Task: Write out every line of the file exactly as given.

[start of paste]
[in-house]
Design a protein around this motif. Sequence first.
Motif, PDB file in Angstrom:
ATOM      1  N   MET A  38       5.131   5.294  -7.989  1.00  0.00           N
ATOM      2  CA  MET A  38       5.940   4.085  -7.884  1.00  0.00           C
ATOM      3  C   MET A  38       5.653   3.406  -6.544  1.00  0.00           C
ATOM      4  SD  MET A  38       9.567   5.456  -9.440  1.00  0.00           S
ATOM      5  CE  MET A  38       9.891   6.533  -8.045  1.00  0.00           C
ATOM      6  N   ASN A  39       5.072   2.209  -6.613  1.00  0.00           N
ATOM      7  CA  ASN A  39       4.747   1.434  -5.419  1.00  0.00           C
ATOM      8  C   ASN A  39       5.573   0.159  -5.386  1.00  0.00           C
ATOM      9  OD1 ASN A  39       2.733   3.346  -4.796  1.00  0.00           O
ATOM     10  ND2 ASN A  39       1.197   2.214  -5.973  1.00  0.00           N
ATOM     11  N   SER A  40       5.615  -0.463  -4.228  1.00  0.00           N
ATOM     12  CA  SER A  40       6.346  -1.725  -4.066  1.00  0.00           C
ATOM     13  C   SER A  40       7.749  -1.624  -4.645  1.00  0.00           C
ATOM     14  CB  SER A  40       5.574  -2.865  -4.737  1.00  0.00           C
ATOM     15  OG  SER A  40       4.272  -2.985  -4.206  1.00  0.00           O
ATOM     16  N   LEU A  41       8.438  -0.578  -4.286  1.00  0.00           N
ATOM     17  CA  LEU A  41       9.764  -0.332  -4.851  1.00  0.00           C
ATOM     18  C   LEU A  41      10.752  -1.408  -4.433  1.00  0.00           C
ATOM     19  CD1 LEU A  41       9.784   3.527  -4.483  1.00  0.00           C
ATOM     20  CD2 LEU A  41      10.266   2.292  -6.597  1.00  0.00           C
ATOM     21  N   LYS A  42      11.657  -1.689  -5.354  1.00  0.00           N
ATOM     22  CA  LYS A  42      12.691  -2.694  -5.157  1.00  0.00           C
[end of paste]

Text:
[in-house]
Design a protein around this motif. Sequence first.
Motif, PDB file in Angstrom:
ATOM      1  N   MET A  38       5.131   5.294  -7.989  1.00  0.00           N
ATOM      2  CA  MET A  38       5.940   4.085  -7.884  1.00  0.00           C
ATOM      3  C   MET A  38       5.653   3.406  -6.544  1.00  0.00           C
ATOM      4  SD  MET A  38       9.567   5.456  -9.440  1.00  0.00           S
ATOM      5  CE  MET A  38       9.891   6.533  -8.045  1.00  0.00           C
ATOM      6  N   ASN A  39       5.072   2.209  -6.613  1.00  0.00           N
ATOM      7  CA  ASN A  39       4.747   1.434  -5.419  1.00  0.00           C
ATOM      8  C   ASN A  39       5.573   0.159  -5.386  1.00  0.00           C
ATOM      9  OD1 ASN A  39       2.733   3.346  -4.796  1.00  0.00           O
ATOM     10  ND2 ASN A  39       1.197   2.214  -5.973  1.00  0.00           N
ATOM     11  N   SER A  40       5.615  -0.463  -4.228  1.00  0.00           N
ATOM     12  CA  SER A  40       6.346  -1.725  -4.066  1.00  0.00           C
ATOM     13  C   SER A  40       7.749  -1.624  -4.645  1.00  0.00           C
ATOM     14  CB  SER A  40       5.574  -2.865  -4.737  1.00  0.00           C
ATOM     15  OG  SER A  40       4.272  -2.985  -4.206  1.00  0.00           O
ATOM     16  N   LEU A  41       8.438  -0.578  -4.286  1.00  0.00           N
ATOM     17  CA  LEU A  41       9.764  -0.332  -4.851  1.00  0.00           C
ATOM     18  C   LEU A  41      10.752  -1.408  -4.433  1.00  0.00           C
ATOM     19  CD1 LEU A  41       9.784   3.527  -4.483  1.00  0.00           C
ATOM     20  CD2 LEU A  41      10.266   2.292  -6.597  1.00  0.00           C
ATOM     21  N   LYS A  42      11.657  -1.689  -5.354  1.00  0.00           N
ATOM     22  CA  LYS A  42      12.691  -2.694  -5.157  1.00  0.00           C